Where do you see yourself and ALICE in five years time?
ALICE is in its very early days so it is hard to speculate, I will have more of an idea after the second issue. ALICE is a personal project and a labour of love so I don’t want to rush it. As long as I’m working in journalism and earning enough money to keep ALICE going on the side, I will be happy.

What was the idea surrounding ALICE?
Growing up with an interest in art and fashion, and never much of an interest in celebrity or pop music, I found normal teenage magazines boring. I would flick through Bliss in one evening, and feel completely unsatisfied. At 13 I started reading Vogue regularly, but felt alienated by the adult content. Teen Vogue and Cosmo Girl were perfect for me, but unfortunately Teen Vogue was American and Cosmo Girl closed down after two years!
I wanted ALICE to be a teen lifestyle magazine that covered everything I was interested in as a teenager – and everything girls told me they were interested in when I did focus groups. So art, fashion, music, movies, culture, beauty, and real life. But I didn’t want anything to feel tacky – so no ‘shocking real life stories’ or boy bands! I didn’t want to produce a magazine that was already there on the shelf. I knew there were so many young girls on tumblr, writing blogs and reading fashion magazines way over their age group that would love a magazine written for their age that covered cultural topics in a mature way. It was important to reflect this in the design too, so no flashy fonts or patronising layouts. I knew my audience had the maturity level to read long form articles, so I felt happy to include them. The design is very much influenced by Oh Comely and Scandinavian magazines: minimal and calm, but still pretty.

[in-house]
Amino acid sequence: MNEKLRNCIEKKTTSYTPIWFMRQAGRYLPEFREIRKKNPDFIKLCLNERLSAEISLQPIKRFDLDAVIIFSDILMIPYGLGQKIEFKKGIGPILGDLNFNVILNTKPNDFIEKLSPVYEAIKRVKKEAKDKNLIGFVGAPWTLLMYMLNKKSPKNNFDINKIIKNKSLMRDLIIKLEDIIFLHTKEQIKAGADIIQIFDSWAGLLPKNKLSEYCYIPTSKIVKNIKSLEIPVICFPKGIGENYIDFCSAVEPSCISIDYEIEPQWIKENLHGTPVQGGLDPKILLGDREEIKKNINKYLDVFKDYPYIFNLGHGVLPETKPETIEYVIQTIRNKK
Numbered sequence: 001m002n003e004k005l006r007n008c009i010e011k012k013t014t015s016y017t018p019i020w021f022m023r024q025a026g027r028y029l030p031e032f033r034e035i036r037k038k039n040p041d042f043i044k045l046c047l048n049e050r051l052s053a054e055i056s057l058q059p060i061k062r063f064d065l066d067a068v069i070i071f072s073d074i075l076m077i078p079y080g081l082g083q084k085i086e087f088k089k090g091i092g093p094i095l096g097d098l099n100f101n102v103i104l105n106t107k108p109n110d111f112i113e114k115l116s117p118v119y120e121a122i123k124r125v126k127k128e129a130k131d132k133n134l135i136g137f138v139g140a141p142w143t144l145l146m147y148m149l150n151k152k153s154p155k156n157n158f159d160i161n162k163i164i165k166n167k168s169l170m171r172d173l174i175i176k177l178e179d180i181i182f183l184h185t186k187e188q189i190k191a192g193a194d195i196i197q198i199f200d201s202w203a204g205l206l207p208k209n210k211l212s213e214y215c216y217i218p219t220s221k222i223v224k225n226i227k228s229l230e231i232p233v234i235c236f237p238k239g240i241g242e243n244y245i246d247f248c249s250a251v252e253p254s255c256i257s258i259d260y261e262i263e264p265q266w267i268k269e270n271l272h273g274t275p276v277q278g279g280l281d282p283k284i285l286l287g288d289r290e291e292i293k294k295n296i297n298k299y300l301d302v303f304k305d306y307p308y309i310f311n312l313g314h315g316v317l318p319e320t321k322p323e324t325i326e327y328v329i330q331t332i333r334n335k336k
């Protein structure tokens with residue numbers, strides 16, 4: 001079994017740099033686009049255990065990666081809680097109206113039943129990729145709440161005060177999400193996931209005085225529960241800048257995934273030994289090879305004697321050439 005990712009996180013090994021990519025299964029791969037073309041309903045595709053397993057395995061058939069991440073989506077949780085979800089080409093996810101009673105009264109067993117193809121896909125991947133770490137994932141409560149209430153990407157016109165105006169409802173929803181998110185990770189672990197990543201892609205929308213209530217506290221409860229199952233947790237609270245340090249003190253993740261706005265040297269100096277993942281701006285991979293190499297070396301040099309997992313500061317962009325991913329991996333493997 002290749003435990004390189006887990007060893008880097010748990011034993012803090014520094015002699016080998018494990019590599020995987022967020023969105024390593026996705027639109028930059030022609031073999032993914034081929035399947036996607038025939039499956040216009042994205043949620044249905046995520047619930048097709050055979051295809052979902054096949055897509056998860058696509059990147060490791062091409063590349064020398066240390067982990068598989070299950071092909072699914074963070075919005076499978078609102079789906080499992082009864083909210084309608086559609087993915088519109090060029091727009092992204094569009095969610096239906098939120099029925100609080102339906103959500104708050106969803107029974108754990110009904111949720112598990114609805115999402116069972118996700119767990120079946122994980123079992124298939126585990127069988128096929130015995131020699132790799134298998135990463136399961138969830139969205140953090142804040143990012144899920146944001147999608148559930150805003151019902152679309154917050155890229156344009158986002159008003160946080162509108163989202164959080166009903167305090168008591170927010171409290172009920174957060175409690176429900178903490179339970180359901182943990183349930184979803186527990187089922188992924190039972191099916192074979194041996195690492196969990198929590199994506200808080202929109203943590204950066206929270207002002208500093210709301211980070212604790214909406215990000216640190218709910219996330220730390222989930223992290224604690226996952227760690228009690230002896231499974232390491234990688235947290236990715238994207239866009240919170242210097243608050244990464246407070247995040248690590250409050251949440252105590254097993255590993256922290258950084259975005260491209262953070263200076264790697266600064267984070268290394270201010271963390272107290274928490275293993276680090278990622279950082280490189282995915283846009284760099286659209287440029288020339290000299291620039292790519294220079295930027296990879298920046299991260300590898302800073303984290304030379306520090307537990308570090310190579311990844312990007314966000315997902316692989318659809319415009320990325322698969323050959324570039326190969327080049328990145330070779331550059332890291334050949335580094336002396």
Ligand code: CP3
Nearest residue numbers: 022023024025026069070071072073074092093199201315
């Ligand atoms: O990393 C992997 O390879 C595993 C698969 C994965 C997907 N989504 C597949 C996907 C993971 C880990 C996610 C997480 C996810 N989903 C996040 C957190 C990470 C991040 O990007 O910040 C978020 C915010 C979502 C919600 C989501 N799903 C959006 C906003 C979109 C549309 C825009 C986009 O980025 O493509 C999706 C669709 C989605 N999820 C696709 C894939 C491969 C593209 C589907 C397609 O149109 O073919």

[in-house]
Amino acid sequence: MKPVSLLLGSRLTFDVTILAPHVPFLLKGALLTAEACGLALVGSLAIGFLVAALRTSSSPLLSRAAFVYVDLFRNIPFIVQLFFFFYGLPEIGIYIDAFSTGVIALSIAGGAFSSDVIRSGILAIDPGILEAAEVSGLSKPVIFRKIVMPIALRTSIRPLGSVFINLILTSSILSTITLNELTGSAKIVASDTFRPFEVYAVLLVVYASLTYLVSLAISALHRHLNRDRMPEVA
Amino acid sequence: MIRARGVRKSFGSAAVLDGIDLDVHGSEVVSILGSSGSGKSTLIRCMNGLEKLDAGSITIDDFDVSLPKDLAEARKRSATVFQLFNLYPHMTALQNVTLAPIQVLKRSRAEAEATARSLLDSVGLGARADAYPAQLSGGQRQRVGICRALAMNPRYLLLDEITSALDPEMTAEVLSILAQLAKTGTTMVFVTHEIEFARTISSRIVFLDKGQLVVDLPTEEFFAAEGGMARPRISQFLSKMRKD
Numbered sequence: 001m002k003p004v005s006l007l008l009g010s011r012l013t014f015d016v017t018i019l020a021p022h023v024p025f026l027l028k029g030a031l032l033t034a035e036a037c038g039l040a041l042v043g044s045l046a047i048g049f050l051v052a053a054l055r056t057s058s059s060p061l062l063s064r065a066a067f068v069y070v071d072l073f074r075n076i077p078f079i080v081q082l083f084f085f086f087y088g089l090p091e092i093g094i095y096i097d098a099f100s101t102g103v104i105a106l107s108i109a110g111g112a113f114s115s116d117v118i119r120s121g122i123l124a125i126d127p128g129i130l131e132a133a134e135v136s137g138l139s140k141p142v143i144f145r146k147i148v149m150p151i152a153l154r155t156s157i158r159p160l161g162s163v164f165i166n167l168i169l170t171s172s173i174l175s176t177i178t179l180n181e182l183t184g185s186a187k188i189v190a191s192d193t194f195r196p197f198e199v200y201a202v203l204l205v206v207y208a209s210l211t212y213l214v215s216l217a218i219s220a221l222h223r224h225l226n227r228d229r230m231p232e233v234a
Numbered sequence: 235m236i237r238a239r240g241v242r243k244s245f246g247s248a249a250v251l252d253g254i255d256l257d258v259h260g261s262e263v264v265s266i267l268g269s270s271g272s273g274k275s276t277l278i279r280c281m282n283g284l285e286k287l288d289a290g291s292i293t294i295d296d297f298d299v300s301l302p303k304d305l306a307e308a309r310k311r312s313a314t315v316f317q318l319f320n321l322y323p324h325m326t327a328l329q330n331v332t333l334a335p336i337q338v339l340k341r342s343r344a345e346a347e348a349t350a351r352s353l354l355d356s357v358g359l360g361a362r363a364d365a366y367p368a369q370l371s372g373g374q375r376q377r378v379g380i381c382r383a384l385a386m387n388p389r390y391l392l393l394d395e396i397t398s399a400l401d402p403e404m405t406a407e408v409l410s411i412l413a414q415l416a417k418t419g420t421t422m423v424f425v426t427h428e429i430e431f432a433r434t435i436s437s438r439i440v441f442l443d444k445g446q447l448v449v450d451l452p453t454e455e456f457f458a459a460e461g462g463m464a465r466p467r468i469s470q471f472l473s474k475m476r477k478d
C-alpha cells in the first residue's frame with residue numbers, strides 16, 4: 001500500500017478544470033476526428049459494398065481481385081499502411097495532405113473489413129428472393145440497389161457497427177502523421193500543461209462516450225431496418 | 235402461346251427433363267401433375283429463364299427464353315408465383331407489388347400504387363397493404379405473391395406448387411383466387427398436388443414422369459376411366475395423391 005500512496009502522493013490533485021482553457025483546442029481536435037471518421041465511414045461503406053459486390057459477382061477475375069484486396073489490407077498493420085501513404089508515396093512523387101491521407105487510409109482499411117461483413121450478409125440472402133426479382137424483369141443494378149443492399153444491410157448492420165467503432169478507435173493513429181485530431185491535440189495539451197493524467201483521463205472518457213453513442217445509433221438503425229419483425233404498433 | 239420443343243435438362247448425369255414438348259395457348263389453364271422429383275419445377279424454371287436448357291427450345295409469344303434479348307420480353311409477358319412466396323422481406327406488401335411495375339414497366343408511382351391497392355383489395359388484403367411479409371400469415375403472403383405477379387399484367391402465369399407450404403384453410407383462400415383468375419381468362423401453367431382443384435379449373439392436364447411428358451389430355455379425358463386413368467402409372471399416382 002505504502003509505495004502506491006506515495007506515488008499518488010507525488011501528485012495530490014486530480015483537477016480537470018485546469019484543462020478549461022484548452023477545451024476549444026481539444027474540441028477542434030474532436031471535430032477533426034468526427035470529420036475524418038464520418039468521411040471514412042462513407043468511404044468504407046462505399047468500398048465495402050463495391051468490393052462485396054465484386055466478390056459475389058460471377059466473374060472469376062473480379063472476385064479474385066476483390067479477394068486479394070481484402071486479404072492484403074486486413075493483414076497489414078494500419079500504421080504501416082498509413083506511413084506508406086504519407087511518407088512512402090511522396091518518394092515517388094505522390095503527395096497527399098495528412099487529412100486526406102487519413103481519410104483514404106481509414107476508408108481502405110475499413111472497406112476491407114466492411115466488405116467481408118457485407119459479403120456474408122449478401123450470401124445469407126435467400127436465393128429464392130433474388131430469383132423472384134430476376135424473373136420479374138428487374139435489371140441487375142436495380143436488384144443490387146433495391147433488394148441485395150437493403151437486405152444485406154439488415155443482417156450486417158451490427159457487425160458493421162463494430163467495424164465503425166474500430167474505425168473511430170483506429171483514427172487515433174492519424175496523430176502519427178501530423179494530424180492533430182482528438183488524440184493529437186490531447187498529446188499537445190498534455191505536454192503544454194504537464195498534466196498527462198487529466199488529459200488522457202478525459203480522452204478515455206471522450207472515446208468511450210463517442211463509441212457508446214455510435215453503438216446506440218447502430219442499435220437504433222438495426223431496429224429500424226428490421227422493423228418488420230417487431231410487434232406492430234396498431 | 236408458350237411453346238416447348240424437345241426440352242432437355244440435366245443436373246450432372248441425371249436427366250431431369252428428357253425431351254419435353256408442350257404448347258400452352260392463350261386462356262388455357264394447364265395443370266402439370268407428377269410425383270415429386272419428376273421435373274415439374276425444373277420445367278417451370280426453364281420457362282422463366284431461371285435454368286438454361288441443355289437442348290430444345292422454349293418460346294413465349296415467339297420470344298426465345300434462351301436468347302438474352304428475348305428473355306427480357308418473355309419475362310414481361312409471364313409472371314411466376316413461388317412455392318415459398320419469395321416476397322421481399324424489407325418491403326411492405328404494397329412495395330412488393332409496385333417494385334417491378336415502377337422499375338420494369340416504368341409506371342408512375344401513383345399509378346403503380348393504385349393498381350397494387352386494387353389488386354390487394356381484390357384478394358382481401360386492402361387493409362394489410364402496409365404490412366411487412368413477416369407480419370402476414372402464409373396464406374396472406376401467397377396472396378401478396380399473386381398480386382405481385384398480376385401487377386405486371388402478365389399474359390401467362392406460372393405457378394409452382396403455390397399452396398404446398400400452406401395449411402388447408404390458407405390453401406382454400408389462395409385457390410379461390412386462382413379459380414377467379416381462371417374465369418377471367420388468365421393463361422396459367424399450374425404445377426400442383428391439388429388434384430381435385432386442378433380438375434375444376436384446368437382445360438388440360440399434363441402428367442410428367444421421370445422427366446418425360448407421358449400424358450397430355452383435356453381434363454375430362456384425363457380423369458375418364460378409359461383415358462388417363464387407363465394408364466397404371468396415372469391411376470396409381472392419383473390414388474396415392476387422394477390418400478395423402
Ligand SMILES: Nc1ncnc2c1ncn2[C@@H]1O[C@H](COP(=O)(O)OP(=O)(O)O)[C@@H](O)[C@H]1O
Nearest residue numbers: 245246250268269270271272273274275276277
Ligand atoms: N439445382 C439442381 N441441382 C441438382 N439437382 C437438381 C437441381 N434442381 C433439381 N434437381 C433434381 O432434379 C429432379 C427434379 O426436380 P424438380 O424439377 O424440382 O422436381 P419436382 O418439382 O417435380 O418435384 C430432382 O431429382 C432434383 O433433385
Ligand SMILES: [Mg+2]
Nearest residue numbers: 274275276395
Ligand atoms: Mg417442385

It wasn’t until I finished ALICE that someone pointed out to me that I hadn’t included anything on boys or sex! I guess I had so much more interesting stuff to write about. I have included quite controversial topics anyway, such as body piercing and drugs, so its not like I am patronising the audience. This is why I think ALICE works: because it covers all the topics a teenager is curious about, in an informative way.

What tips would you give to aspiring writers?
Don’t feel under pressure to have an amazing blog read by thousands of people who always comment! Even if you just keep a private blog and write on it regularly you will be making huge steps in your writing because you will be practicing. Get as much experience as you can, even at local papers and small companies – you will get to do more there anyway. Read lots, talk to people and form opinions.

And one final random question….
What is your favourite out of the following: TOWIE, Eastenders, Strictly or Documentaries?
I haven’t actually had a TV for the last three years! I have never watched an episode of TOWIE so I can’t comment on that, and I find Eastenders pretty depressing so don’t watch that either. I used to be a MASSIVE fan of Strictly when I lived with my parents (free TV!) but I don’t watch it any more. I do like a good documentary though, especially anything on fashion, art or the royal family 